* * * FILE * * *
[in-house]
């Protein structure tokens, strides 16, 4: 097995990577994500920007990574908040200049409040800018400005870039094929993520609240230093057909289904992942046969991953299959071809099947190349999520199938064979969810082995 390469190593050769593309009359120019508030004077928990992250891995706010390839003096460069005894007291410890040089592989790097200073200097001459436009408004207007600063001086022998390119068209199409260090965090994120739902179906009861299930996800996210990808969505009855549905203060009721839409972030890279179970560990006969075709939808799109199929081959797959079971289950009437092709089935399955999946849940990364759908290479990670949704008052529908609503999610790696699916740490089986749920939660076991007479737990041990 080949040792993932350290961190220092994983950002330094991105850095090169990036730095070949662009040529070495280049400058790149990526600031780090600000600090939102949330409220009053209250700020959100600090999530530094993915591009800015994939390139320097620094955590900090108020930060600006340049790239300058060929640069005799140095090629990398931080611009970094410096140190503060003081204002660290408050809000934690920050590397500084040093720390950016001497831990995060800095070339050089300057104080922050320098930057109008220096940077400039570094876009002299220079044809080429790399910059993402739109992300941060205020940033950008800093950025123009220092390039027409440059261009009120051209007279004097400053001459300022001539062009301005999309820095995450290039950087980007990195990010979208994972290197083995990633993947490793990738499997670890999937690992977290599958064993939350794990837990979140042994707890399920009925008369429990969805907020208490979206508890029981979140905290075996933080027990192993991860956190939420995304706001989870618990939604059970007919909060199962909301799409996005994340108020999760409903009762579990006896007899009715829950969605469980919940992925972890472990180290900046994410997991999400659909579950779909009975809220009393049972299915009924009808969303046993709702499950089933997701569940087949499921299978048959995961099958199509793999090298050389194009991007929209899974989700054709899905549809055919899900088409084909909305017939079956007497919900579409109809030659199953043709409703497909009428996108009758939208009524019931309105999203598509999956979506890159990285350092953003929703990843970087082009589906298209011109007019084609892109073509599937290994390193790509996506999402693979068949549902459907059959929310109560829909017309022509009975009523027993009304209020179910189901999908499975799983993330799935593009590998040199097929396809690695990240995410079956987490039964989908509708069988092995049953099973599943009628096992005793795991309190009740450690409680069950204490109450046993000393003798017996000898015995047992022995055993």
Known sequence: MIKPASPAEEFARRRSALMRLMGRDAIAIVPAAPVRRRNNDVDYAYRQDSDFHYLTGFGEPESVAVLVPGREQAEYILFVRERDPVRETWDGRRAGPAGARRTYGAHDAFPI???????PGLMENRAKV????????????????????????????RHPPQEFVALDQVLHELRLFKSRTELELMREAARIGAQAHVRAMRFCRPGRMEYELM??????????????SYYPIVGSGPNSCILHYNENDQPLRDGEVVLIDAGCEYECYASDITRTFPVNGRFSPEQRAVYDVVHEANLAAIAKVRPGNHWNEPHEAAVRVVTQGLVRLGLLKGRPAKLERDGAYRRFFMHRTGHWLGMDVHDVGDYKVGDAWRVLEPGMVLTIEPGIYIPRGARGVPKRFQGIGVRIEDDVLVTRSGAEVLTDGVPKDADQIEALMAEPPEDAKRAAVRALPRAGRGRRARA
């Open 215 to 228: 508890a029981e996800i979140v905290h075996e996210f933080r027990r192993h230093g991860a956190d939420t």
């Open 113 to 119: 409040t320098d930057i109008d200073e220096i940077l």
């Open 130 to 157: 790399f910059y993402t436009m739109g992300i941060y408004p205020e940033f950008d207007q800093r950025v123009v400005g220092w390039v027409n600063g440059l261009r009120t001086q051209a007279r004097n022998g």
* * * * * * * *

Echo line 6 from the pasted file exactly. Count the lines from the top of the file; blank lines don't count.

């Open 130 to 157: 790399f910059y993402t436009m739109g992300i941060y408004p205020e940033f950008d207007q800093r950025v123009v400005g220092w390039v027409n600063g440059l261009r009120t001086q051209a007279r004097n022998g």